Your children are important to us and registering them with Roaming Schoolhouse is an investment. You need to know as much about that investment as possible.
Roaming Schoolhouse was set up by Cate O’Connor in 2006. At that time, a substantial number of English speaking children in Paris were missing out on the opportunity of speaking English in an academic environment and with their peers. She started giving private lessons to some of those children and the word spread. The first summer camp was held in 2007. By 2011, there were 250 children registered with 4 teachers at five different locations.
One of the children being taught was Alice Ferguson and when Cate decided that she wanted to return to Ireland after 9 years in Paris and close the Roaming Schoolhouse, her Dad was very upset. He decided that RSH had to live on! There were three things that sold the idea to him (other than the fact that Alice obviously enjoyed it so much):
- The teachers — Cate had always insisted on having qualified, native speakers as teaching staff. Teaching is a vocation and our teachers are passionate about what they do and the children they teach.
- The programme — this was based on the subjects that children would be learning in the UK and Ireland.
- The atmosphere — the style of teaching was very much the antithesis of the French public system. Team work, creative writing, show and tell, enjoyment and encouragement are the order of the day.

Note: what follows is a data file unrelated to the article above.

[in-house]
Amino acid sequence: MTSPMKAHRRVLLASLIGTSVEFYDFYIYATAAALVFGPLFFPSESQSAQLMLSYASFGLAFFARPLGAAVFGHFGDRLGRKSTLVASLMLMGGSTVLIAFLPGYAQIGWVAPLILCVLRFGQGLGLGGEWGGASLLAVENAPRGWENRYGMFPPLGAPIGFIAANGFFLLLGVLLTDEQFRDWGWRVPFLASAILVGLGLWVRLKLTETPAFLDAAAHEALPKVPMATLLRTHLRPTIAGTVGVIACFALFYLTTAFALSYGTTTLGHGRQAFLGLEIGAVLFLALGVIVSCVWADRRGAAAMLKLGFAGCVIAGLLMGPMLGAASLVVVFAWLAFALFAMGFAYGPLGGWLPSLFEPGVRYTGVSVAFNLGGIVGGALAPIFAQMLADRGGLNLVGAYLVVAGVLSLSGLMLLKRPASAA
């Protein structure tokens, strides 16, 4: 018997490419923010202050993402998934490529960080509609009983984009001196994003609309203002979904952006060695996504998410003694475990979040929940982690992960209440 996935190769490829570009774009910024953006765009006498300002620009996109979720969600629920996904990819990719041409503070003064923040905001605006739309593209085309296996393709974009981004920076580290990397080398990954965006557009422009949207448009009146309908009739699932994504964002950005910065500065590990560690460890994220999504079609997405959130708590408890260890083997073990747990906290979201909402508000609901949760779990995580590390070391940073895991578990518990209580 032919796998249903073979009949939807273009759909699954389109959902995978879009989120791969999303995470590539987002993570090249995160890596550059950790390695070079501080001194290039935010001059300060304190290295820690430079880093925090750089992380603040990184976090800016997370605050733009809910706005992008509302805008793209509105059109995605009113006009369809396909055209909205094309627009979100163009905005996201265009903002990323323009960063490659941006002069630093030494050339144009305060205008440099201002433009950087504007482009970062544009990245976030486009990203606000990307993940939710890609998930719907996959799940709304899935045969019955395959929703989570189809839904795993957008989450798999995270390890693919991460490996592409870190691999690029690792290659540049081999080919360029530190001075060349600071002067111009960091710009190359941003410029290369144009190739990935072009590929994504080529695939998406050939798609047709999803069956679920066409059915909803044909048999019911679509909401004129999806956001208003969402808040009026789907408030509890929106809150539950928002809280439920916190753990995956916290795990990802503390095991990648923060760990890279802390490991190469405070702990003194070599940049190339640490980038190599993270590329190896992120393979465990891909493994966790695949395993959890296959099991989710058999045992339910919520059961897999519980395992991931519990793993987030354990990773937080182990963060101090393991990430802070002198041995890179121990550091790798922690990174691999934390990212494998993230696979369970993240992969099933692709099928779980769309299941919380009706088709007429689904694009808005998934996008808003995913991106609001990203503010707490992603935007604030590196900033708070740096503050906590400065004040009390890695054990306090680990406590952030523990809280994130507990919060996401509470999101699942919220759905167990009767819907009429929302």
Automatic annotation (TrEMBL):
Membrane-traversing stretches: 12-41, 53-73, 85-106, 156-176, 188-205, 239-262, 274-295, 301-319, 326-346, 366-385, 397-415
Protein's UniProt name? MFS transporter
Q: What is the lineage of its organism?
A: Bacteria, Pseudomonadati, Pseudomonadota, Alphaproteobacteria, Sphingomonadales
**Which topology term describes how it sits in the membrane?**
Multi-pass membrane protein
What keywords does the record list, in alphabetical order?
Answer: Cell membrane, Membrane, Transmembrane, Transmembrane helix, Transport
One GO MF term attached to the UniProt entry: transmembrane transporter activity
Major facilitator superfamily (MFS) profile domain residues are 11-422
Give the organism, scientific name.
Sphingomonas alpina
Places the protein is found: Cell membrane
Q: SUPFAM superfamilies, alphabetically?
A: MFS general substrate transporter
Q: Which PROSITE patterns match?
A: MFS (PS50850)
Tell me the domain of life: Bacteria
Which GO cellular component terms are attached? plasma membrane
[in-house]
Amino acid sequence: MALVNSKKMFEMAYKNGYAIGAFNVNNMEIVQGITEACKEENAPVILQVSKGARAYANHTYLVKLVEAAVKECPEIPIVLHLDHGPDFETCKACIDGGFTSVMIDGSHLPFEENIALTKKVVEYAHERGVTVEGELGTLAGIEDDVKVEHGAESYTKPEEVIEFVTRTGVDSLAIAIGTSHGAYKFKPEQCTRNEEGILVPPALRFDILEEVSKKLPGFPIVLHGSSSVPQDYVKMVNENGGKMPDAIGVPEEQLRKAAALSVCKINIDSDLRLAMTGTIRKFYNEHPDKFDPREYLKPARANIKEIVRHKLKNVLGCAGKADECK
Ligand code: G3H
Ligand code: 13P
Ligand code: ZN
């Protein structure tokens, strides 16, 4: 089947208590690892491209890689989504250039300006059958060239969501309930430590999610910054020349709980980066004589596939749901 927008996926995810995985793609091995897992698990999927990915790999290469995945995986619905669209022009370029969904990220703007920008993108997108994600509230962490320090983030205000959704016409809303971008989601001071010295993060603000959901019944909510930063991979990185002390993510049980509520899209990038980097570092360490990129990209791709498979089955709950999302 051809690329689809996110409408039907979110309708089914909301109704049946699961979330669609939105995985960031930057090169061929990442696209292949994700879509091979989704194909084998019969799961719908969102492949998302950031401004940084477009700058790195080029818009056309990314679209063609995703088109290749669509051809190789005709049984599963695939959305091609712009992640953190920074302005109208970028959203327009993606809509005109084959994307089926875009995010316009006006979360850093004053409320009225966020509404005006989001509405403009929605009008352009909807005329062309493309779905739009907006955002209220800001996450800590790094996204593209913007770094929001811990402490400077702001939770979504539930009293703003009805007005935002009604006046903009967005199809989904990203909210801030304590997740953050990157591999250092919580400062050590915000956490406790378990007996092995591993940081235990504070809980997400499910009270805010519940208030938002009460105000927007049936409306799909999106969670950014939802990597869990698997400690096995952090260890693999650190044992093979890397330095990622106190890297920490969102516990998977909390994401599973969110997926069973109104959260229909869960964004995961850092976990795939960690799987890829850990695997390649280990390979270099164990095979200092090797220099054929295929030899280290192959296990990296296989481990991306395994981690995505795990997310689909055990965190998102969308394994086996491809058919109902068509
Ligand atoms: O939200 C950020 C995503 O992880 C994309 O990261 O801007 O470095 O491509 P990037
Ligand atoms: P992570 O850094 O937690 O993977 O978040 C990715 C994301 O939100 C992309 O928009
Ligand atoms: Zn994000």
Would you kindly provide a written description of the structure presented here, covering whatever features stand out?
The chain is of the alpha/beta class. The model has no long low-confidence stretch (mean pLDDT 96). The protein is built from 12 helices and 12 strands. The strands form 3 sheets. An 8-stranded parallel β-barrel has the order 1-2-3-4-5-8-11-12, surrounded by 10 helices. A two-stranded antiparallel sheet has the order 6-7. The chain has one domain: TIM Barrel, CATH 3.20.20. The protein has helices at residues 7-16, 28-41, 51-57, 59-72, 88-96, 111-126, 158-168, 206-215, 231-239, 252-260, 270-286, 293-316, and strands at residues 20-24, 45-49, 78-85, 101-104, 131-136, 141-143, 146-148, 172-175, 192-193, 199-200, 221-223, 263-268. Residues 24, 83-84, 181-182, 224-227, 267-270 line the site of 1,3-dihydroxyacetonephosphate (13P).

The current RSH team very much hold to these same principles and now Alice has "graduated" to Balzac and her little brother, Thomas is following in her footsteps.
What does Roaming Schoolhouse do?
Roaming Schoolhouse provides after-school classes for English-speaking children in English. We are a mobile school: classes are held where there is sufficient demand.
Children are in the French school system and therefore are not sufficiently challenged in terms of English.
Classes are limited to 10 students. Only English is spoken during class.
“Some bilingual parents worry endlessly about correctness of grammar, accuracy of vocabulary, not mixing two languages, and skilled interpreting and translating. Instead, the most important factor in raising a bilingual child is to make their language development a pleasure, a positive and enjoyable experience.” – Colin Baker A Parents’ and Teachers’ Guide to Bilingualism.
Our teachers are all qualified native English speakers.
See our teachers' bios.